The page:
The Holzinger Group fully supports the “open” movement, i.e. open access, open source and open data. The idea of “open data” is noOpen-Medical-Datat new. Many researchers in the past had followed the notion that Science is a public enterprise and that certain data should be openly available [1] and it is recently also a big topic in the biomedical domain [2], [3]; e.g.. the British Medical Journal (BMJ) started a big open data campaign [4]. The goal of the movement is similar to approaches of open source, open content or open access. With the launch of open data government initiatives the open data movement gained momentum [5] and some speak already about an Open Knowledge Foundation [6]. Consequently, there are plenty of research challenges on this topic. Cancer research, for example, could dramatically benefit from science without any boundaries.

[1] L. Rowen, G. K. S. Wong, R. P. Lane, and L. Hood, “Intellectual property – Publication rights in the era of open data release policies,” Science, vol. 289, pp. 1881-1881, Sep 2000.

[2] G. Boulton, M. Rawlins, P. Vallance, and M. Walport, “Science as a public enterprise: the case for open data,” The Lancet, vol. 377, pp. 1633-1635, // 2011.

[3] A. Hersey, S. Senger, and J. P. Overington, “Open data for drug discovery: learning from the biological community,” Future Medicinal Chemistry, vol. 4, pp. 1865-1867, Oct 2012.

[4] M. Thompson and C. Heneghan, “BMJ OPEN DATA CAMPAIGN We need to move the debate on open clinical trial data forward,” British Medical Journal, vol. 345, Dec 2012.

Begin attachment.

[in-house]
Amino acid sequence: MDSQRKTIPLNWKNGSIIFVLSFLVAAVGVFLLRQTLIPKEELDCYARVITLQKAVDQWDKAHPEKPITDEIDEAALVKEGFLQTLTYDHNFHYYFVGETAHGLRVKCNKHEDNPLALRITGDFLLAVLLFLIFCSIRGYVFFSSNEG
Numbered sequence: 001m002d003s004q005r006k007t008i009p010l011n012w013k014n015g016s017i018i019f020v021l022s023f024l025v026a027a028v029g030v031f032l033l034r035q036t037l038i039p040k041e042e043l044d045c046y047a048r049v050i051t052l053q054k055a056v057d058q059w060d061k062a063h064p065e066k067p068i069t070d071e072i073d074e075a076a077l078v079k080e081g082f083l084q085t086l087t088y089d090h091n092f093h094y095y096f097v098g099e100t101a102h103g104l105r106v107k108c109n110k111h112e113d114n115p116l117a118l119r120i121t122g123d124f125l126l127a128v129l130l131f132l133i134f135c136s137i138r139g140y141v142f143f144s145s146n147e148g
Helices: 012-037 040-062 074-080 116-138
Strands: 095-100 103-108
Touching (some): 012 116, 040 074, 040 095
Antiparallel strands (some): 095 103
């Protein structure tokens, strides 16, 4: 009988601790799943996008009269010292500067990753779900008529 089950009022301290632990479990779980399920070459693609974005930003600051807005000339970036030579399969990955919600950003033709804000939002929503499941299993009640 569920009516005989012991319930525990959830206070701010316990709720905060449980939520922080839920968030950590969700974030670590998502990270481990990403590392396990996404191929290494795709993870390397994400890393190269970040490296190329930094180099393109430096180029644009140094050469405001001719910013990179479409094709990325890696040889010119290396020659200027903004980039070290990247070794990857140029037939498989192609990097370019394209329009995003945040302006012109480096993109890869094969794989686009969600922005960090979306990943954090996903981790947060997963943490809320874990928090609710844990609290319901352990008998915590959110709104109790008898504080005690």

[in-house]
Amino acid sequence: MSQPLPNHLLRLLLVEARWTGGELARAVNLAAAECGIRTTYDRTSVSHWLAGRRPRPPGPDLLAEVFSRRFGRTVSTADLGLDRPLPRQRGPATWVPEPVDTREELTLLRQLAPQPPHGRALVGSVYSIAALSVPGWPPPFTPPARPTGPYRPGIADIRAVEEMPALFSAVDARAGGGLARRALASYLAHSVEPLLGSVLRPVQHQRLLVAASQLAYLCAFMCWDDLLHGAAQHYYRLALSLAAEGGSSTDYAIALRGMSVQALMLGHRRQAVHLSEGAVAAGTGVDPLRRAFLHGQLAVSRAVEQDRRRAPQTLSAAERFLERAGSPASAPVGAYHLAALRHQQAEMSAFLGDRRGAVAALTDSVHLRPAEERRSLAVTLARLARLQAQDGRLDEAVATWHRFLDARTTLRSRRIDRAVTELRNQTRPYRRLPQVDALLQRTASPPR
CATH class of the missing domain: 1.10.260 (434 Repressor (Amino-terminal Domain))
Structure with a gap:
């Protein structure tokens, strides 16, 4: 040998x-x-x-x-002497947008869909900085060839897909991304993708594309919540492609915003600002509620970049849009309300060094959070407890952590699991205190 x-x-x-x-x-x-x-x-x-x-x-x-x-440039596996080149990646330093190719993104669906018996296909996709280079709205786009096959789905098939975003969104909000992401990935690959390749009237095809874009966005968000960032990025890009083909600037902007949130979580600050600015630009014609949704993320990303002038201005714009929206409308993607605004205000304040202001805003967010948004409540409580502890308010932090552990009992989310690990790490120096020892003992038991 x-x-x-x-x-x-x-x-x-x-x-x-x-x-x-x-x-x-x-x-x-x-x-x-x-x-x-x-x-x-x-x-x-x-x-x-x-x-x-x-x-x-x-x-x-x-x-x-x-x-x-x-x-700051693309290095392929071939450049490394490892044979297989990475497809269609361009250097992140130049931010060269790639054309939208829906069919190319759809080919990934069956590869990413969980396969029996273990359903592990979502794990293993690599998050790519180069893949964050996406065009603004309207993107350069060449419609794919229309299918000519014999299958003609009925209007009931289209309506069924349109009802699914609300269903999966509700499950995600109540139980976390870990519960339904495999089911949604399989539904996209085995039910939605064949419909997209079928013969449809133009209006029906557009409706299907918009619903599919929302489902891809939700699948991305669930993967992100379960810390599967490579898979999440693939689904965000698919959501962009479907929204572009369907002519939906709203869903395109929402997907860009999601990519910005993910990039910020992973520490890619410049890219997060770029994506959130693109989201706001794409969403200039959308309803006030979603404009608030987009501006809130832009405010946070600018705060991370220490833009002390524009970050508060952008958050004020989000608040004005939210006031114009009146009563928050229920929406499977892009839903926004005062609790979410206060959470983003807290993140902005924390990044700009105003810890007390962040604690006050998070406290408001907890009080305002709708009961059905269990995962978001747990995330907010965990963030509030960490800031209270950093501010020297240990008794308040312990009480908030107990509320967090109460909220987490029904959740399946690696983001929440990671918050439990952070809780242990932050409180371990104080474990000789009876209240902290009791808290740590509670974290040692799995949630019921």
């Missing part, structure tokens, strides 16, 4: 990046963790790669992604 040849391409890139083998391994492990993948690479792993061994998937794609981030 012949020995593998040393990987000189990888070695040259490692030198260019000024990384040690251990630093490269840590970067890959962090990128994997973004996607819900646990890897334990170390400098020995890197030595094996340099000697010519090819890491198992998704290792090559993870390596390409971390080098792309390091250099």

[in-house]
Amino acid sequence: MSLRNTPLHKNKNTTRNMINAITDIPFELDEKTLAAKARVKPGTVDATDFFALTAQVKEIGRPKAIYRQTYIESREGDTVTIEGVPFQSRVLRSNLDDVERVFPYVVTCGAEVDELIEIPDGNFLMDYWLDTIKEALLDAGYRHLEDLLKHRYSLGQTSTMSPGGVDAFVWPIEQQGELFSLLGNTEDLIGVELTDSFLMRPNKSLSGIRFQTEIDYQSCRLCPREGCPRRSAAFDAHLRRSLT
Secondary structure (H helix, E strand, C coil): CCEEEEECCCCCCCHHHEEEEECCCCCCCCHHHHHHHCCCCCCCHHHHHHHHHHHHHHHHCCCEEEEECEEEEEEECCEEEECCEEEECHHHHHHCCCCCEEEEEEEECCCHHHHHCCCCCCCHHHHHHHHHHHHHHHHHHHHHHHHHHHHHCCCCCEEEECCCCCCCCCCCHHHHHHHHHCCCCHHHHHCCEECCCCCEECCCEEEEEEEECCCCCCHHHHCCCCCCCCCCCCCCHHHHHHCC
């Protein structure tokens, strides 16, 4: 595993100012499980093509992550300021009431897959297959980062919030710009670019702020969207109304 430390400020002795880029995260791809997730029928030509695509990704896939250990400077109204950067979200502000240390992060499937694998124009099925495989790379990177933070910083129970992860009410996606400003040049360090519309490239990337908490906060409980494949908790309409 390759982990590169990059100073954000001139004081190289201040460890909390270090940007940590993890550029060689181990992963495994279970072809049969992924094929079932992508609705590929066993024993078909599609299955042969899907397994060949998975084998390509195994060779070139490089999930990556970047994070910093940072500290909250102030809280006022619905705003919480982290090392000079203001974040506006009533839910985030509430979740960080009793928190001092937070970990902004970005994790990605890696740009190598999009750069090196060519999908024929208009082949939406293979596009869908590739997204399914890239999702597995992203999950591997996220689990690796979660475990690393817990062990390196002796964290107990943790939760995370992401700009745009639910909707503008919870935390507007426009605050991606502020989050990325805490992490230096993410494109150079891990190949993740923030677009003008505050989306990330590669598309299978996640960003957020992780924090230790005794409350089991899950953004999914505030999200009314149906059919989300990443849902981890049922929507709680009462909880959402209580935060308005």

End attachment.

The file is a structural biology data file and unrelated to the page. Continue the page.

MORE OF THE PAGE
[5] N. Shadbolt, K. O’Hara, T. Berners-Lee, N. Gibbins, H. Glaser, W. Hall, et al., “Open Government Data and the Linked Data Web: Lessons from data. gov. uk,” IEEE Intelligent Systems, pp. 16-24, 2012.

[6] J. C. Molloy, “The Open Knowledge Foundation: Open Data Means Better Science,” Plos Biology, vol. 9, Dec 2011.

Here are some sample data sets:

[7] 1000 Genomes: A deep catalog of human genetic variation. The projects sequenced the genomes of a large number of people in order to provide a comprehensive resource on human genetic variation. It contains about 2,500 samples from 2010 and 2011:
http://www.1000genomes.org/ftpsearch

1000 Genomes Project Consortium and others. 2010. A map of human genome variation from population-scale sequencing. Nature, 467 (7319), 1061-1073.

[8] Tiny Images dataset: The data set consists of over 79 million images in color. They are stored in a 227 Gb binary file. A Matlab toolbox to access the images is provided. Automatic annotation data is available for all images, but manual annotation data is only available for a smaller portion:

A. Torralba and R. Fergus and W. T. Freeman. 2008. 80 Million Tiny Images: a Large Database for Non-Parametric Object and Scene Recognition. IEEE PAMI, 30 (11), 1958-1970.

[9] Just to make ones familiar with the abundance of different skin diseases, a very informative collection of skin images, provided by Healthline.com: http://www.healthline.com/health/skin-disorders

[10] Breast Tumor (gene expression) data of Van’t Veer (2002): The training data set consists of 78 primary breast cancers of which 34 patients developed metastasses within 5 years. The training set contains 19 breast cancer patients of which 12 developed metastases within 5 years. The data contains 24188 gene expression levels. The general goal is predicting metastases for improving the therapy strategy:
http://www.stats.uwo.ca/faculty/aim/2015/9850/microarrays/FitMArray/chm/Veer.html

Van’t Veer, L. J., Dai, H., Van De Vijver, M. J., He, Y. D., Hart, A. A., Mao, M., Peterse, H. L., Van Der Kooy, K., Marton, M. J. & Witteveen, A. T. 2002. Gene expression profiling predicts clinical outcome of breast cancer. Nature, 415, (6871), 530-536.